Skip to main content
U.S. flag

An official website of the United States government

Official websites use .gov
A .gov website belongs to an official government organization in the United States.

Secure .gov websites use HTTPS
A lock ( ) or https:// means you’ve safely connected to the .gov website. Share sensitive information only on official, secure websites.

Impedance Measurements of Inertance Tubes

Published

Author(s)

Michael A. Lewis, Peter E. Bradley, Ray Radebaugh

Abstract

The flow impedance of an inertance tube 5.74 mm inside diameter and 2.36 m long coupled to various reservoir volumes was measured and compared with that predicted by a model based on a transmission line analogy. Though data at other average pressures and temperatures were obtained this paper focuses on data taken with an average pressure of 2.5 MPa and a pressure ratio of 1.3. Frequencies of 50, 60, 70 Hz, were used, and reservoir volumes were 30, 83, 134, 334 cm3. The amplitudes and phases of the instantaneous pressure and flow at both ends of the inertance tube were measured and the resulting complex impedance and the inlet acoustic power were determined. The flow at the reservoir end was determined from the instantaneous pressure in the reservoir, and the flow at the inlet end was determined from a measurement of the pressure drop across the aftercooler consisting of copper wire mesh. The model predicted a resonance associated with the compliance of the reservoir and the inertance of the tube analogous to an electrical LC resonance circuit. At this resonance condition the imaginary part of the impedance goes to zero, the magnitude of the impedance reaches a minimum, and the inlet acoustic power becomes a maximum for a fixed pressure ratio. The experiments agreed well with the model and confirmed the existence of the resonance condition at the reservoir volume predicted by the model. For an average pressure of 2.5 MPa, a pressure ratio of 1.3, and a frequency of 60 Hz the inlet acoustic power varied from 200 W with a reservoir volume of 334 cm3 to about 800 W with a reservoir volume of 83 cm3. With a smaller reservoir volume the acoustic power decreased in agreement with that predicted by the model.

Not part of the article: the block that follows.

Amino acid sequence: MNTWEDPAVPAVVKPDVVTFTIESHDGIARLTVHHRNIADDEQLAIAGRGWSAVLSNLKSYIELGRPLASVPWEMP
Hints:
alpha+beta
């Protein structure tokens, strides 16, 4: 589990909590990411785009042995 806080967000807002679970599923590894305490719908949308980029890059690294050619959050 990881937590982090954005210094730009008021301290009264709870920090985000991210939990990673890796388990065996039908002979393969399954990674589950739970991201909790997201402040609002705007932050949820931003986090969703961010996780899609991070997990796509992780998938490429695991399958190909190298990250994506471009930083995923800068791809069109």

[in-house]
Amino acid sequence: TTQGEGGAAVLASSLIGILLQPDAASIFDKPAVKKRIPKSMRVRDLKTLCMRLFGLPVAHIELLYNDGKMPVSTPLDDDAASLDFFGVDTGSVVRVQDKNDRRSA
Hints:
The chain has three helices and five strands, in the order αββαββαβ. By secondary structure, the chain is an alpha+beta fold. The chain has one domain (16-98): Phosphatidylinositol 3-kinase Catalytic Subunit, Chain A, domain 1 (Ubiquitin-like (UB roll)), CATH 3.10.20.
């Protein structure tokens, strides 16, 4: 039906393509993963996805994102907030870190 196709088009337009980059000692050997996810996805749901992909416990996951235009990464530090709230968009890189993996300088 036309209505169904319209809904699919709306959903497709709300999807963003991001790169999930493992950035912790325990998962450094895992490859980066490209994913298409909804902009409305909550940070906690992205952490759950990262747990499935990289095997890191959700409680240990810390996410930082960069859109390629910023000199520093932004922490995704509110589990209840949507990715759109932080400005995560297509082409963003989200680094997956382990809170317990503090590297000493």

Proceedings Title
Impedance Measurements of Inertance Tubes
Conference Dates
August 29-September 2, 2005
Conference Location
Keystone, DC, USA
Conference Title
2005 Cryogenic Engineering Conference and International Cryogenic Materials Conference

Keywords

Cryocoolers, cryogenics, flow impedance, inertance, pulse tubes, refrigeration, resonance, thermoacoustics

Citation

Lewis, M. , Bradley, P. and Radebaugh, R. (2005), Impedance Measurements of Inertance Tubes, Impedance Measurements of Inertance Tubes, Keystone, DC, USA, [online], https://doi.org/10.1063/1.2202580 (Accessed May 30, 2024)

Issues

If you have any questions about this publication or are having problems accessing it, please contact reflib@nist.gov.

Created August 28, 2005, Updated October 12, 2021